I found this a really interesting book to read.
I know The Girl on the Train has been around for a little while now. But I have only just gotten around to reading it and I wasn’t disappointed.
For me, the mystery part of the book was only the top layer. What I really enjoyed was the portrayal of Rachel.
Rachel was once a happy women in her own home with a lovely husband. Fast forward two years in the future and Rachel is an alcoholic living in her friend’s spare room while another women lives in her house with her now ex-husband and their baby.
It was the slow revelations of Rachel’s story that really grabbed my attention. That she had struggled to conceive and this drove her to depression and drink. How she was blacking out for periods and her husband would tell her how she’d attacked him.
This ultimately led to the break-up of their marriage when she finds out her husband has been having an affair and his mistress is pregnant. This drove Rachel over the edge. The one thing she wanted, a child, to be stolen away from her and her husband to leave her for another woman who has his baby was too much.
Rachel alienates herself from all her friends, especially those who have had children. She can’t stand to see other people’s happy families.
She also blames the break-up of her marriage on herself. He was perfect but she became the alcoholic who couldn’t let go of the idea of having baby.
We learn that she lost her job but pretends to go to work so her flat mate doesn’t find out. That she sits in parks or the library and drinks those pre-made gin and tonics before heading home to a couple of bottles of wine.
The mystery portion of the book is that a woman Rachel watches when the train she uses stops at a signal goes missing. This woman, Megan, lives a few houses down from Rachel’s old house where she lived with her husband.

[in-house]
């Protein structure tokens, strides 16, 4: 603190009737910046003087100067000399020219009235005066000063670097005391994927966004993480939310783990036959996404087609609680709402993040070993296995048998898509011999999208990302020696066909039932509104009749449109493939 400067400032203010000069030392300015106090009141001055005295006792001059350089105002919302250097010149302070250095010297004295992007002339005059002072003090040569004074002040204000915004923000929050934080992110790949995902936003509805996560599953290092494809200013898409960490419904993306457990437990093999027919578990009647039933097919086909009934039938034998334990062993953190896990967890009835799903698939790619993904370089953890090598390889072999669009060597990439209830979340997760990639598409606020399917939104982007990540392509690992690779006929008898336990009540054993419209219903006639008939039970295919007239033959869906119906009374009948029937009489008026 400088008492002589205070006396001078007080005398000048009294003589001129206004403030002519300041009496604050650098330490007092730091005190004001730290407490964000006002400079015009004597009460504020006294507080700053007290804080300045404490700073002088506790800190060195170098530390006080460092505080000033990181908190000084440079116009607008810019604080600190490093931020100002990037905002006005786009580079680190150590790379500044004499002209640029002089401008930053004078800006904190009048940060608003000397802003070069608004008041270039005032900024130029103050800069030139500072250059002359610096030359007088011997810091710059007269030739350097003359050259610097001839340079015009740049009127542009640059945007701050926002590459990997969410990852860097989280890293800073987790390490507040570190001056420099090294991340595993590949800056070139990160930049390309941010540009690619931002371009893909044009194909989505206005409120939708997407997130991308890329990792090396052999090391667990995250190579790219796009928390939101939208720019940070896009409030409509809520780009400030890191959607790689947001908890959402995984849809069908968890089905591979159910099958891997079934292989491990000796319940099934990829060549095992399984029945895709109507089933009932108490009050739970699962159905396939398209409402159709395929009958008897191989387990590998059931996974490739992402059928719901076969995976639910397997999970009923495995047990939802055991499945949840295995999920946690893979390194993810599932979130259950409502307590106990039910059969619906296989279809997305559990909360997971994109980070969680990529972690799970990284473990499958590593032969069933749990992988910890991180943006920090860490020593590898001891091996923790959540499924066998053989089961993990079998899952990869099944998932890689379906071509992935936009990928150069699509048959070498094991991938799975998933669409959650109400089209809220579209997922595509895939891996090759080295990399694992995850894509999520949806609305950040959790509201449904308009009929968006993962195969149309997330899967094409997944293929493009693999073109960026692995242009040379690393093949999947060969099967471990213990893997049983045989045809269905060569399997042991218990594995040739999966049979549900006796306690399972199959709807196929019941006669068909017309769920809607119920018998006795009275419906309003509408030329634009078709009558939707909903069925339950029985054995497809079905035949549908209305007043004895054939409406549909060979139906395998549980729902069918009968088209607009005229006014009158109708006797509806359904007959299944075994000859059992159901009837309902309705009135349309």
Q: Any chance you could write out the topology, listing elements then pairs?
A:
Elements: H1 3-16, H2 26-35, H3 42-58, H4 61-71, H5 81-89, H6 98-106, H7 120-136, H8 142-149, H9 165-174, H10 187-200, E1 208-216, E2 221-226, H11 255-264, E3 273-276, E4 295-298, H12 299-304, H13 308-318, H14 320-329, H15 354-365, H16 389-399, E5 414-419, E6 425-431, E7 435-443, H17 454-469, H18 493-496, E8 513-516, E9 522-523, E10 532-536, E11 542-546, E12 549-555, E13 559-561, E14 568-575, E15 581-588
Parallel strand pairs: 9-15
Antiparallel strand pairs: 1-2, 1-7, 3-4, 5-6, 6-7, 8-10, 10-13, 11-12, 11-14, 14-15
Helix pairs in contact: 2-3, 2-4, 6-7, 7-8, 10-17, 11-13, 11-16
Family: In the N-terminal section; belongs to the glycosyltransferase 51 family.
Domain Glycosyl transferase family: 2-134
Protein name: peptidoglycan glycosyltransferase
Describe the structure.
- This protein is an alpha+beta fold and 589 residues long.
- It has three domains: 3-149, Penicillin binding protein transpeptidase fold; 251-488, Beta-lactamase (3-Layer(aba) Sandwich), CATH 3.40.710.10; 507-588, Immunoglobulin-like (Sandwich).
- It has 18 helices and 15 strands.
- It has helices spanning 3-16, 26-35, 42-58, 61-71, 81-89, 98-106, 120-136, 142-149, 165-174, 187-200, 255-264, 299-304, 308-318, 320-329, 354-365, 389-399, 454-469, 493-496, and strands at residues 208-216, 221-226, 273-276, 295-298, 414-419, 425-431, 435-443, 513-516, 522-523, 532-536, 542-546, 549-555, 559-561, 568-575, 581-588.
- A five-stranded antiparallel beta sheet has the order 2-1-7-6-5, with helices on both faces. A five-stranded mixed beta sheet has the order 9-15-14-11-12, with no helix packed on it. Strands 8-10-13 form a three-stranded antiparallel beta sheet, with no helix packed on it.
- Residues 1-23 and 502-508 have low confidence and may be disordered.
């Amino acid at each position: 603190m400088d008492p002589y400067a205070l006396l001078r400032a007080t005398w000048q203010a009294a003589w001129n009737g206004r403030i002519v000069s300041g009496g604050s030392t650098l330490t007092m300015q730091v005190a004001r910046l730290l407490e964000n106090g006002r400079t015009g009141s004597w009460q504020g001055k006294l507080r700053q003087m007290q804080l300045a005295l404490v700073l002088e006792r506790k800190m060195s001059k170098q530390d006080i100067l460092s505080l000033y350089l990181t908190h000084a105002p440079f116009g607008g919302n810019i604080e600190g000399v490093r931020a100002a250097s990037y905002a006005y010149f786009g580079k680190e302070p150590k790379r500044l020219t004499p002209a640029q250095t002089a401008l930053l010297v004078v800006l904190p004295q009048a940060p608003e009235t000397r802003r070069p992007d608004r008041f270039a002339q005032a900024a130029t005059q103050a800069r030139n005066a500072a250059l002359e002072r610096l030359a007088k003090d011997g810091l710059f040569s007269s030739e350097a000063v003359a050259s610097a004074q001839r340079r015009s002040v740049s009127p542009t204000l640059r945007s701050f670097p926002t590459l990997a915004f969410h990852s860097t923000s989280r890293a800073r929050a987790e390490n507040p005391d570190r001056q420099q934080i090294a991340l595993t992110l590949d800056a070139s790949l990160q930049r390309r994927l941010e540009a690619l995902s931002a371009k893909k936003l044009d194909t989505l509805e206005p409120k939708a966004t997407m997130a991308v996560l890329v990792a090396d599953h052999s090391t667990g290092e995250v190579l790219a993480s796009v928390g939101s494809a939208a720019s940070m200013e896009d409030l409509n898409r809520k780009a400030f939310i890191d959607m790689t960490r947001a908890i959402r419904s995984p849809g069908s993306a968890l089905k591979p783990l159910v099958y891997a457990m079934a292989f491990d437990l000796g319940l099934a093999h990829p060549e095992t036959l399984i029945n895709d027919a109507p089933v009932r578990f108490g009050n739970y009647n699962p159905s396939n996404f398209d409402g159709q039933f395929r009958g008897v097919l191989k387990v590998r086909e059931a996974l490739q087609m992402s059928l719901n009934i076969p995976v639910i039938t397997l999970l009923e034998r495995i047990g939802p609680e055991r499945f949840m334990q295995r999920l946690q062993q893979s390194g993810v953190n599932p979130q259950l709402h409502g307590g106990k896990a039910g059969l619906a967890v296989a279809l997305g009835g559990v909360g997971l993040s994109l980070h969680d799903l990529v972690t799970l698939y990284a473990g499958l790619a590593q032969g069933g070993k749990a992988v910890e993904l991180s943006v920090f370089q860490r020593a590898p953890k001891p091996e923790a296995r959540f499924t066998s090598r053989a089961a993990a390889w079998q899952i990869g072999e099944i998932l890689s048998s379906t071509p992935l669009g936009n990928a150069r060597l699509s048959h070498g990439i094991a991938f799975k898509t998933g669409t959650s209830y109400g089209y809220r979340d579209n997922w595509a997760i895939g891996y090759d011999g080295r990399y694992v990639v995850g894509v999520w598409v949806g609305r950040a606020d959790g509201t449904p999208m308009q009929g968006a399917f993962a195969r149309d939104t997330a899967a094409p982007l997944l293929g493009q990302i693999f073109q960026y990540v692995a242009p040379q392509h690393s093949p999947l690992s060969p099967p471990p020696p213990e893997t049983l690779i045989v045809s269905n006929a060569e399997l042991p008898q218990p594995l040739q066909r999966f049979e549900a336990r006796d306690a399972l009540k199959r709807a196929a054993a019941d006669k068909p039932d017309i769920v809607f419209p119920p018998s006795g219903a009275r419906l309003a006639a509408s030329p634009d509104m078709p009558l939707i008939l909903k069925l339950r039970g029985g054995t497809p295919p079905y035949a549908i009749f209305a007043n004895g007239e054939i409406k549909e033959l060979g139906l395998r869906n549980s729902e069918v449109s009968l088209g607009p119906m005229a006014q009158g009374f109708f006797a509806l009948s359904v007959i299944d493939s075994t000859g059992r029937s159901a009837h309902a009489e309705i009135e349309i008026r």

Rachel watches Megan every day and discovers she is having an affair.
The night Megan went missing Rachel was at the train stop by Megan’s house. She was drunk and wanted to see her ex-husband. Rachel wakes up the following day covered in bruises with a blow to the head but no memory of what happened the night before.
Rachel is convinced she knows something about Megan’s disappearance but she can’t remember because she was drunk. She is also considered an unreliable witness by the police because she’s an alcoholic.
We learn about Megan and her troubled past and afuture that ultimately lead to her death through her own chapters. She is struggling to come to terms with the death of her beloved older brother when she was 15. This caused her to run away from home and sink into drugs and depression.
We also learn about Anna, the other woman. Anna is vindictive and desperate for Rachel to disappear so she can have her perfect life with her husband, Tom and their baby, Evie. She doesn’t care about Rachel’s feelings. She enjoyed being the other woman and blames Rachel for destroying her own marriage.
Slowly Rachel pieces together what happened during that night. She also starts to explore other thoughts about her past and her marriage. Everything is not as it seems with what happened between her and Tom and his life now.
The revelation that her ex-husband isn’t who she thought he was. That may be those black of periods she didn’t attack him. But rather he attacked her and then manipulated her. That he is in fact deceiving everyone around him and controlling those he holds closest.
It’s these details that really drew me into the book. The missing woman mystery that Rachel follows and leads to several of her revelations is merely extra for me. I find Rachel a totally real character. Her reliance on drinking and how the pressures to have a baby cause her to lose control are completely real.
I know this book has now been made into a film with Emily Blunt but I probably won’t watch it. One of the main reasons is that the film is set in New York not London. There is something essentially British in this book.
The train system of London. The houses right by the tracks. How Rachel hides her alcoholism in the socially acceptable bottles of wine after work and a few cans of gin and tonic on the way home. For me, this cannot translate cross-Atlantic and still convey the same message as the book. Also, the rich character building that is achievable in a book such as this just can’t translate onto the film scene.
The mystery is only a tool into seeing into the lives of Rachel, Megan and Anna. It is their struggles, feeling, hopes and dreams that make this book magnificent. It is the relatable and real way the characters are written that draws you in.
If you haven’t tried this already please give Girl on the Train a read and let me know what you think in the comments below!
Get it here: The Girl on the Train by Paula Hawkins